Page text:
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See also: Mandylion


A 10th-century encaustic painting from Saint Catherine's Monastery in Saint Catherine, Egypt, depicting King Abgar of Edessa receiving the Image of Edessa or mandylion, an acheiropoieton

Alternative forms[edit]


From Byzantine Greek μανδύλιον (mandúlion), μανδίλιον (mandílion), μαντίλιον (mantílion), or μανδήλη (mandḗlē, cloth, hand towel, handkerchief, tablecloth) (the last word dating to the 5th century), especially in the term τὸ ἄγιον μανδήλιον (tò ágion mandḗlion, the holy towel); from Latin mantēlium, a variation of mantēle or mantēlum (hand towel, napkin) (probably misconstructed as a singular form from the plural mantēlia); probably from manus (hand) + tergere (to rub, wipe, wipe off, clean, cleanse). Probably cognate with Umbrian mantrahklu.



mandylion (countable and uncountable, plural mandylions)

  1. (chiefly Eastern Orthodoxy) often Mandylion: the Image of Edessa, a holy relic consisting of a piece of cloth upon which an image of the face of Jesus Christ had been miraculously imprinted without human intervention (that is, an acheiropoieton); an artistic depiction of this relic.
    • 1967, Titus Burckhardt; Lord Northbourne (Walter Earnest Christopher James), transl., Sacred Art in East and West: Its Principles and Methods, London: Perennial Books, OCLC 896652107; republished Louisville, Ky.: Fons Vitae, 2001, ISBN 978-1-887752-41-1, pages 88–89:
      The tradition of the sacred image is related to established prototypes [] handed down in Christian art, the most important [of which] is the acheiropoietos ("not made by human hands") image of the Christ on the Mandilion. It is said that the Christ gave His image, imprinted on a piece of fabric, to the messengers of the King of Edessa, Abgar, who had asked Him for His portrait. The Mandilion had been preserved at Constantinople until it disappeared when the town was pillaged by the Latin Crusaders. A copy of the Mandilion is preserved in the cathedral of Laon.
    • 1993, Joseph Leo Koerner, “Not Made by Human Hands”, in The Moment of Self-portraiture in German Renaissance Art, Chicago, Ill.: University of Chicago Press, →ISBN, page 81:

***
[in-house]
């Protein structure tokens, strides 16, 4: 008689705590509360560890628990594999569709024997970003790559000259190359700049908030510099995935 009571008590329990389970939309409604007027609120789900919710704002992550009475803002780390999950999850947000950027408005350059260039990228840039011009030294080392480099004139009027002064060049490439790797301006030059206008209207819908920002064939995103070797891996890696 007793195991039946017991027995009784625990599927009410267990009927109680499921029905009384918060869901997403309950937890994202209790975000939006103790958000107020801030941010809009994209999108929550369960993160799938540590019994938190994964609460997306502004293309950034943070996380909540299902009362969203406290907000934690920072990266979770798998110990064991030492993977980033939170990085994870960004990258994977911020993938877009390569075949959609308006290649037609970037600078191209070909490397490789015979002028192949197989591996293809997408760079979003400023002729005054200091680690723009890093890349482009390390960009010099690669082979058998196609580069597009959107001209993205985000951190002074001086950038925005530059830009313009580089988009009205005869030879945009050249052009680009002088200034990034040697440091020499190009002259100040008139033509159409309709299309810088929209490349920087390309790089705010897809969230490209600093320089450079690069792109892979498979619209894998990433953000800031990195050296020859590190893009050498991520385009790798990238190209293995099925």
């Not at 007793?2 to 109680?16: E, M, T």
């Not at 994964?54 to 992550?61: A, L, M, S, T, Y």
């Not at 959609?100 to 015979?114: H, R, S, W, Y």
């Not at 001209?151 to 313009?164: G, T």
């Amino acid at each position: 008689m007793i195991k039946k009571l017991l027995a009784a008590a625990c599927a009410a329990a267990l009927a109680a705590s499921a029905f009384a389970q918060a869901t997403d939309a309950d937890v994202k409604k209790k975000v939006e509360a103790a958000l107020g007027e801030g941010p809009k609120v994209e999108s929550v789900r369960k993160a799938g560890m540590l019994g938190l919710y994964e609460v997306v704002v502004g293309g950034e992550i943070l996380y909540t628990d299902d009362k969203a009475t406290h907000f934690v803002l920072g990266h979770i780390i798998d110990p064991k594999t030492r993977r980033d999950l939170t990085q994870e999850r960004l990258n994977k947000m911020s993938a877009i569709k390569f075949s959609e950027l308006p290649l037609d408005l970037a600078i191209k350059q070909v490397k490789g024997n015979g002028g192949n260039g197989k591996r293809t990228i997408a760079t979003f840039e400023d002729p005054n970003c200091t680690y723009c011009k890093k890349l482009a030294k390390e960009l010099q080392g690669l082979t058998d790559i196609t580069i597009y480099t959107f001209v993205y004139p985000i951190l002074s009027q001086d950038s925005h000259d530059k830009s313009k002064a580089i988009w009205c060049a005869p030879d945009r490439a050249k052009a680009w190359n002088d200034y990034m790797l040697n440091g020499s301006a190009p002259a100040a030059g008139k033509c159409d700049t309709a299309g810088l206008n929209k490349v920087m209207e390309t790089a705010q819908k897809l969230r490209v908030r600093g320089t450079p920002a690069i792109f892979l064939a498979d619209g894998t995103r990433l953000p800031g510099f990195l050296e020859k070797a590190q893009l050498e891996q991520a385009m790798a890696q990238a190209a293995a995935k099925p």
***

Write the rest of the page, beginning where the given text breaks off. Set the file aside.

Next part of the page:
According to a sixth-century legend, King Abgar Ukamâ of Edessa fell ill. Hearing about a healer named Jesus, he sent for the holy man and promised to become his follower. Christ learned of this and praised Abgar for having faith without visual evidence. Unable to travel to Edessa, Christ sent a likeness of himself produced miraculously on a cloth or mandylion (from Arabic mandil, "veil," and Latin mantele, "towel" or "napkin"). Abgar was cured, and the mandylion remained in Edessa until 544, when its magic turned back the invading Persians from the gates of the now-Christian city.
    • 1995, Maurits Smeyers, “An Eyckian Vera Icon in a Bruges Book of Hours, ca. 1450 (New York, Pierpoint Morgan Library, Ms 421)”, in Werner Verbeke [et al.], editors, Serta Devota in Memoriam Guillelmi Lourdaux. Pars Posterior: Cultura Mediaevalis (Mediaevalia Lovaniensia; Series I, Studia XXI), part II, Leuven: Leuven University Press, OCLC 978-90-6186-692-3, page 199:
      These legends not only established the value of the Mandylion and the Vera Icon as authentic portraits of Christ, but also as acheiropoieta, i.e., images made without the intervention of human hands.
    • 1999, Sharon E. J. Gerstel, Beholding the Sacred Mysteries: Programs of the Byzantine Sanctuary (Monographs on the Fine Arts; 56), Seattle, Wash.: College Art Association in association with the University of Washington Press, →ISBN, page 75:
      In St. Barbara in Khé, a thirteenth-century Georgian church, the Mandylion is painted on the wall behind the altar, []
    • 2007, Acta Poloniae Historica, Wrocław: Zakład Narodowy im. Ossolińskich, OCLC 1460986, page 37:
      We know the history of the transfer of the mandilion of Edessa to Constantinople from the text ascribed to Constantine VII Porphyrogenitus (913/944–959).
    • 2009, Artemis Leontis, Culture and Customs of Greece, Westport, Conn.: Greenwood Press, →ISBN, page 42:
      The mandylion became not just a holy relic but an image to be copied, either as textile or as iconographic type on a hard surface: a painted icon of a mandylion with Christ's face on it. Furthermore it became a theological prototype. Just as the mandylion bore the impression of the incarnate God on its surface and became a vessel of divine healing, so all icons bear witness to the power of matter to reveal divinity and of revealed divinity to effect eternal salvation.
    • 2009, Diarmuid MacCulloch, A History of Christianity: The First Three Thousand Years, London: Allen Lane, ISBN 978-0-7139-9869-6; republished London: Penguin Books, 2010, ISBN 978-0-141-02189-8, page 452:
      The special nature of Orthodox icons was emphasized by the growth of a notion, much encouraged by these bitter disputes, that there was one quite exceptional class of art: acheiropoieta, images of Jesus not made by human hands, the archetype of which was the now-mysterious Mandylion given by Christ himself to King Abgar of Edessa [].


Coordinate terms[edit]

  • veronica (image of Jesus's face believed to have been made on the cloth with which Saint Veronica wiped his face as he went to be crucified)

Related terms[edit]


Further reading[edit]

Wikipedia-logo.svg Image of Edessa on Wikipedia.Wikipedia